a medical history that includes questions about symptoms, possible exposure to someone with infectious tuberculosis, past history of the disease, country of origin, age, place of work, and other medical conditions such as HIV infection associated with higher risk of tuberculosis;
a physical examination;
a chest radiograph to look for abnormalities suggestive of active pulmonary tuberculosis (or signs of infection or past tuberculosis that might warrant treatment); and
laboratory tests for evaluation of sputum samples.13
Laboratory samples are usually first assessed with a smear that can be quickly processed to provide a report within 24 hours. Smears allow the identification of mycobacteria but not the identification of M. tuberculosis specifically. A follow-up culture will produce more accurate and specific information, but even with the latest technology, reports will generally not be available for several days. Tests to evaluate drug susceptibility may be done sequentially after culture confirmation of disease, thus adding further to delays in starting appropriate treatment.
Molecular analysis (DNA fingerprinting) compares isolates of M. tuberculosis recovered from different individuals. Such analysis can help establish a chain of transmission that links new cases of active disease to source cases. It sometimes allows cases of active tuberculosis among workers to be more accurately linked to previously identified cases in the community or the workplace than was previously possible. The establishment of such links can help guide tuberculosis control efforts. As discussed in Chapter 5, uncertainty about the origins of tuberculosis infection and disease among health care and other workers contributes to uncertainty about the value of regulations in the control of occupational exposure. Some health care worker groups with the high rates of positive skin test results come from populations with high rates of active tuberculosis in the community (Appendix C). Current tests cannot identify the source of tuberculosis infection.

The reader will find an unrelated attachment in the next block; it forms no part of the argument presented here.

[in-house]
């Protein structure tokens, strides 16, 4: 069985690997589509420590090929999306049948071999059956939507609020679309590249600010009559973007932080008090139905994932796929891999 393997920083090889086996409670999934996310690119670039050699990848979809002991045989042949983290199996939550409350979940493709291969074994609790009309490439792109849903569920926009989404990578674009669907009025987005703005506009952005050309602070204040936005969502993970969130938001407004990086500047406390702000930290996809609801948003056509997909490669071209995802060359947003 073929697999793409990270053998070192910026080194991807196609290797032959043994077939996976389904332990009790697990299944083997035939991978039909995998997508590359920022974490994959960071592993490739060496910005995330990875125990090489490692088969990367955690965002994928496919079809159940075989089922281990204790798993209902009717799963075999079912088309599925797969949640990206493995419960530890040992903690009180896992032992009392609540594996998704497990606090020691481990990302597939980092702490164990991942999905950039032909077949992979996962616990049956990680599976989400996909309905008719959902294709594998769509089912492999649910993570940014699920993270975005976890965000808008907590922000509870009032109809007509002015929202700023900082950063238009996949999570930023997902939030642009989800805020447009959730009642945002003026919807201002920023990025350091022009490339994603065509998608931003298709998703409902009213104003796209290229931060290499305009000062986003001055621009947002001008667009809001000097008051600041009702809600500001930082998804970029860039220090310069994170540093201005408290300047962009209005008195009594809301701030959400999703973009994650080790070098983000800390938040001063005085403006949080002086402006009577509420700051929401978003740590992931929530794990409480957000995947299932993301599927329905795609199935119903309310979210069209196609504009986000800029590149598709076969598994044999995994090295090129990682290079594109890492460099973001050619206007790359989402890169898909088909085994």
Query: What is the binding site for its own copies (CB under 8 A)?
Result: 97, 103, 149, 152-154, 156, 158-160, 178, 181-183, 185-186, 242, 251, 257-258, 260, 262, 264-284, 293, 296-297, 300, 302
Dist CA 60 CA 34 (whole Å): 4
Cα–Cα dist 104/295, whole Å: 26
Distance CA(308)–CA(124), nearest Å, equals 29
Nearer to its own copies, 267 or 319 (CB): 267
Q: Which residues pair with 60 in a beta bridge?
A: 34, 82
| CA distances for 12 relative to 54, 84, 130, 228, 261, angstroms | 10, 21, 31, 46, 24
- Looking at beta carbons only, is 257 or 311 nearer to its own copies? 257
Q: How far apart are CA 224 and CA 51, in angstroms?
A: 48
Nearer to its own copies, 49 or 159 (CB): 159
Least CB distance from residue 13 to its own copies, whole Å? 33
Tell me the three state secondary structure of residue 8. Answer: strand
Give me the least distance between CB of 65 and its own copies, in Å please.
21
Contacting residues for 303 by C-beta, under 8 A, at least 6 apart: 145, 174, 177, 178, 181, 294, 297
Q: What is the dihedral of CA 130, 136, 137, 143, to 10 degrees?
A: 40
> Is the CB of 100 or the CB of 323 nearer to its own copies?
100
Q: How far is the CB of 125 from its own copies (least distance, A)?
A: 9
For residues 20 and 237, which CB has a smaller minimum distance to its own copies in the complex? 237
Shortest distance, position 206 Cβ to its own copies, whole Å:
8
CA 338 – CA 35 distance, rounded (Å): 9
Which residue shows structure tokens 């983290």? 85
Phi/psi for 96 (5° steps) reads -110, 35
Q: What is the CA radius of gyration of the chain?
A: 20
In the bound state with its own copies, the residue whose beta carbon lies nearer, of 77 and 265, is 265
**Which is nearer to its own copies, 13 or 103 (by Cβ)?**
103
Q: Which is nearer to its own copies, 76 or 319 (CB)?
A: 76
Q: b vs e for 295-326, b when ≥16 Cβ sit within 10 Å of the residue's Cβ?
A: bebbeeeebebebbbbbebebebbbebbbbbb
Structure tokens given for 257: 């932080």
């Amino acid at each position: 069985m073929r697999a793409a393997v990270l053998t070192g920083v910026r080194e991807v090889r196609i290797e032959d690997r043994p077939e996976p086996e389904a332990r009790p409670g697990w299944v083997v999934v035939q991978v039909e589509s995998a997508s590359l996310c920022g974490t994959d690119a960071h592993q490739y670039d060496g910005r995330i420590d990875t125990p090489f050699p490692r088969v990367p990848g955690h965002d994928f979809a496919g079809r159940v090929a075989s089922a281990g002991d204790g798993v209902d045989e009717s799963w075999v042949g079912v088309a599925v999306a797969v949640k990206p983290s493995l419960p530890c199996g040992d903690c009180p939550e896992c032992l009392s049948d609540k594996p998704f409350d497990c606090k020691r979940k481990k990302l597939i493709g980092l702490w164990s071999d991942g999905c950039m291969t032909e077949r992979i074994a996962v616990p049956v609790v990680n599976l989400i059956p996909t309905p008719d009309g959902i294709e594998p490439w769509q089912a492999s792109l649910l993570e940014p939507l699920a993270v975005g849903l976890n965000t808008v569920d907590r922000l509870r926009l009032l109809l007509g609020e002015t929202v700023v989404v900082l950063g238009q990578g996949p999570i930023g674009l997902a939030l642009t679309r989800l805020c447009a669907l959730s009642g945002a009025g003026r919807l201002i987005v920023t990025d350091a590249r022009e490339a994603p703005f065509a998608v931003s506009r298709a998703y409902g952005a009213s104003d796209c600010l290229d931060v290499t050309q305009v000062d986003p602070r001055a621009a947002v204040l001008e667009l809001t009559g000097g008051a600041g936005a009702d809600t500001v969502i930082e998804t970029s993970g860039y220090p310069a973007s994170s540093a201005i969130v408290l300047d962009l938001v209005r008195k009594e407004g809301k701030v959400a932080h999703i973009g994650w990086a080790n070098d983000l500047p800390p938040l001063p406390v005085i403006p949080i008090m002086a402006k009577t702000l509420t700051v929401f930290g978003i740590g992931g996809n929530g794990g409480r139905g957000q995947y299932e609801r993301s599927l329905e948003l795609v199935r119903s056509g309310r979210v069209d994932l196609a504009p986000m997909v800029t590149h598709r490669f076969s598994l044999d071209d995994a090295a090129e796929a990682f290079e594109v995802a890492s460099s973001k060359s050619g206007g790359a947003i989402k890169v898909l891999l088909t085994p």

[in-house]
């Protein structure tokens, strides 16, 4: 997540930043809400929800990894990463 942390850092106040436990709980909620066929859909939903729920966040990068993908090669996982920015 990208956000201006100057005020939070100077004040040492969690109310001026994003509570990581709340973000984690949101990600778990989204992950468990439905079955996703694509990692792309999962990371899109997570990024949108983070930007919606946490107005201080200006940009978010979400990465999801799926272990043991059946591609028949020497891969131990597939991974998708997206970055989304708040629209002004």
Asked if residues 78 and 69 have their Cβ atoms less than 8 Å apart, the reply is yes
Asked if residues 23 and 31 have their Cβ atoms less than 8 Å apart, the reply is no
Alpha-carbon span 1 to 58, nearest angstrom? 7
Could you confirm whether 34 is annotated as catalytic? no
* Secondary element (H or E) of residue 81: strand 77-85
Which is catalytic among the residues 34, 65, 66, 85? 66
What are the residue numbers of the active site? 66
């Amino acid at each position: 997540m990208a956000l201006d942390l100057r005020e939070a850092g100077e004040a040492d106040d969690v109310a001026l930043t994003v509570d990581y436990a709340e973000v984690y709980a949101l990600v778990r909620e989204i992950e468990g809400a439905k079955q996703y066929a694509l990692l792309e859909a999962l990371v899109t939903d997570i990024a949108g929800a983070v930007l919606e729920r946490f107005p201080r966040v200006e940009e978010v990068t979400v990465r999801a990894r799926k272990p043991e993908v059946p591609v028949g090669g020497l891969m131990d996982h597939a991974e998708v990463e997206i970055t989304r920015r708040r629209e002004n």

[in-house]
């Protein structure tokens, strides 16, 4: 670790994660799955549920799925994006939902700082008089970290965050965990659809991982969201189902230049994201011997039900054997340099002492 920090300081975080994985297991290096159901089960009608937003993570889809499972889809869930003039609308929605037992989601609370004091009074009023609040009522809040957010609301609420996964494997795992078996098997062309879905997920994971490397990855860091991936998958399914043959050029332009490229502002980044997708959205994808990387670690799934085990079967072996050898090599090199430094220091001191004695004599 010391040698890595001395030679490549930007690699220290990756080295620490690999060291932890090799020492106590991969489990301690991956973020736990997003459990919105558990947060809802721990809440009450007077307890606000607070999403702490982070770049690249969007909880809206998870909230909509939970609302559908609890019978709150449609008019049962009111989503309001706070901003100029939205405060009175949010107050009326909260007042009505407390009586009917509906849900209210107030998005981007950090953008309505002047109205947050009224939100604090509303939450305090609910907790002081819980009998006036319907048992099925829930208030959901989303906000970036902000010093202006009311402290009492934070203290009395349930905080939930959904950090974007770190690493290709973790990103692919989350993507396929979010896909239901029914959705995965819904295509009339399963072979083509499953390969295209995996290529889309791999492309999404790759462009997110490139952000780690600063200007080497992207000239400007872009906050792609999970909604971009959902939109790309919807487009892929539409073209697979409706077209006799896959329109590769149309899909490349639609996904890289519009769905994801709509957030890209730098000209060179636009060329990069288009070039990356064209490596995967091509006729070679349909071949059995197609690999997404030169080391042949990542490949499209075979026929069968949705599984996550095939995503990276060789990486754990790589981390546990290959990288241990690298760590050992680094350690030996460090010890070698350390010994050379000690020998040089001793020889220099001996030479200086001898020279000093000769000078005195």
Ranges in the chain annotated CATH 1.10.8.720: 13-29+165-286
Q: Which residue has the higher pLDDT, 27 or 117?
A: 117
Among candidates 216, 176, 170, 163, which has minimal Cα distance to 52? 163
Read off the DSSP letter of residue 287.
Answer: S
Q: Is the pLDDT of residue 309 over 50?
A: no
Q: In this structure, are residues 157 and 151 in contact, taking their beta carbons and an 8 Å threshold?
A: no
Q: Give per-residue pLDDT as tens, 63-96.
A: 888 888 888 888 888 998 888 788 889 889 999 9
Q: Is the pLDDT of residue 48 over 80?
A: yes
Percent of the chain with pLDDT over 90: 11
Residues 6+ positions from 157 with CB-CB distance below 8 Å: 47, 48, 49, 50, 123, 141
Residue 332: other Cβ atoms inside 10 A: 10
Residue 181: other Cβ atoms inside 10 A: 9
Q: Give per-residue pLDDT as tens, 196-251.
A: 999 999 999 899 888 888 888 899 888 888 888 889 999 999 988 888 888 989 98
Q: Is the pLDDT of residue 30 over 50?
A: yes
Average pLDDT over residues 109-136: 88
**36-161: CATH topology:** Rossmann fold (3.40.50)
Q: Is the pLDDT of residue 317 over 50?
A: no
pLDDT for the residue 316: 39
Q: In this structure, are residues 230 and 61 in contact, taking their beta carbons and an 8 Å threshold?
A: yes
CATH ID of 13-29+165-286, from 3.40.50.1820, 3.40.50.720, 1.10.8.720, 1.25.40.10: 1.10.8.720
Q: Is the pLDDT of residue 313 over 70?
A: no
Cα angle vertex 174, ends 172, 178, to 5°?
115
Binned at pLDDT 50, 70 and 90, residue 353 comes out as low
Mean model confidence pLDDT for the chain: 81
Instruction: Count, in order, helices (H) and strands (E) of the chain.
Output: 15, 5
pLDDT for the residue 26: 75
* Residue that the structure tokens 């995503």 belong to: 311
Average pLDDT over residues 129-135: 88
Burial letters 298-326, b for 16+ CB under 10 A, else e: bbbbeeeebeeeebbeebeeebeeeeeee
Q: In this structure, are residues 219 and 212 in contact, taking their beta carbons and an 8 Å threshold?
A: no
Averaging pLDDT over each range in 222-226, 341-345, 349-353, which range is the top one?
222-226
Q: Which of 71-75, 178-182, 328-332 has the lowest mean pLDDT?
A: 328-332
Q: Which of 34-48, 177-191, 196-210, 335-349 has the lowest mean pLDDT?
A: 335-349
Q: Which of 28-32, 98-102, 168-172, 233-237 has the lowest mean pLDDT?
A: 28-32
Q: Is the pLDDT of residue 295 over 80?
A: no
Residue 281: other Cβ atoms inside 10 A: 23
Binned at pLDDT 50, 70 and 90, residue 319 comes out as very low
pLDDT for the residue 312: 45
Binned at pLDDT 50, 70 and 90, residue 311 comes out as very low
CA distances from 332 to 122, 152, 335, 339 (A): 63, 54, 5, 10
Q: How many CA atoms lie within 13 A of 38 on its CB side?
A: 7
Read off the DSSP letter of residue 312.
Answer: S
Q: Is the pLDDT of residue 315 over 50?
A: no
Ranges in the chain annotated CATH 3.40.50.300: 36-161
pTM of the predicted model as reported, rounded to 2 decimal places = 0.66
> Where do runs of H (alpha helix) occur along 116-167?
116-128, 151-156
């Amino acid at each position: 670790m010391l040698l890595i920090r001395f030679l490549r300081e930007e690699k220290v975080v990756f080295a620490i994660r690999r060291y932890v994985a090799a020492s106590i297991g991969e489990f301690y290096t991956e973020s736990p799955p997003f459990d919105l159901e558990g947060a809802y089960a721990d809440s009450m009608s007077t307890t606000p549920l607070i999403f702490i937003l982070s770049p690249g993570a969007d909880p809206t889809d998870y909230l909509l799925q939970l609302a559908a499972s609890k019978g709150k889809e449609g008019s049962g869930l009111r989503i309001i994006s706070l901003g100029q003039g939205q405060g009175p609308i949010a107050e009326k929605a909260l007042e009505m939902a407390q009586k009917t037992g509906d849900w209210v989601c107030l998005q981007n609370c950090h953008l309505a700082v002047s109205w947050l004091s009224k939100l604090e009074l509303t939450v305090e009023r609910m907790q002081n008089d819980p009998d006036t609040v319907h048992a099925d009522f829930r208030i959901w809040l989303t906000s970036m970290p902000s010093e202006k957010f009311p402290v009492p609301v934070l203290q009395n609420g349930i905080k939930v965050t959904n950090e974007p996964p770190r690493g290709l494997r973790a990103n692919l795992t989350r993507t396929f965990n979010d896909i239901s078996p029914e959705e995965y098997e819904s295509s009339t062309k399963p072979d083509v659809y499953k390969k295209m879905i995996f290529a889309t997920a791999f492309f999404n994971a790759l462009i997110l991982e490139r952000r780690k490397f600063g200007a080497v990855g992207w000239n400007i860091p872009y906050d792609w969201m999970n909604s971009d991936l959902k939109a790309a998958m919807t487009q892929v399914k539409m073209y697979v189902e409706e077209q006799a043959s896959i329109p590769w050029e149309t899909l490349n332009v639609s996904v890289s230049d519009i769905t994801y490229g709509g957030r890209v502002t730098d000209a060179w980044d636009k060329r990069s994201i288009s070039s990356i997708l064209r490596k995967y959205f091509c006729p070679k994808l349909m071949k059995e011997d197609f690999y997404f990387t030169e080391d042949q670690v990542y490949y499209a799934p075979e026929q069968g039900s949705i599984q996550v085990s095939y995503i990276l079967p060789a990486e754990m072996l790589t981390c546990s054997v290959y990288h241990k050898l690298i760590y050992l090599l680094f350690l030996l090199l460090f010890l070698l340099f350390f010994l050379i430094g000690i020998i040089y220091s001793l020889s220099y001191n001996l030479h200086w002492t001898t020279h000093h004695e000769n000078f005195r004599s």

Failures to promptly identify, isolate, and treat those with diagnosed or suspected infectious tuberculosis are major weak points in programs to prevent occupational exposure to the disease. Unfortunately, community-and workplace-based efforts to improve timely and accurate diagnosis of
A tuberculin skin test is optional. Even if it is negative, it does not rule out the disease, especially in someone with symptoms or risk factors such as HIV infection or recent (less than 10 weeks) exposure to a person with infectious tuberculosis. For those with possible nonpulmonary tuberculosis, testing may involve blood, bone marrow, and other tissue.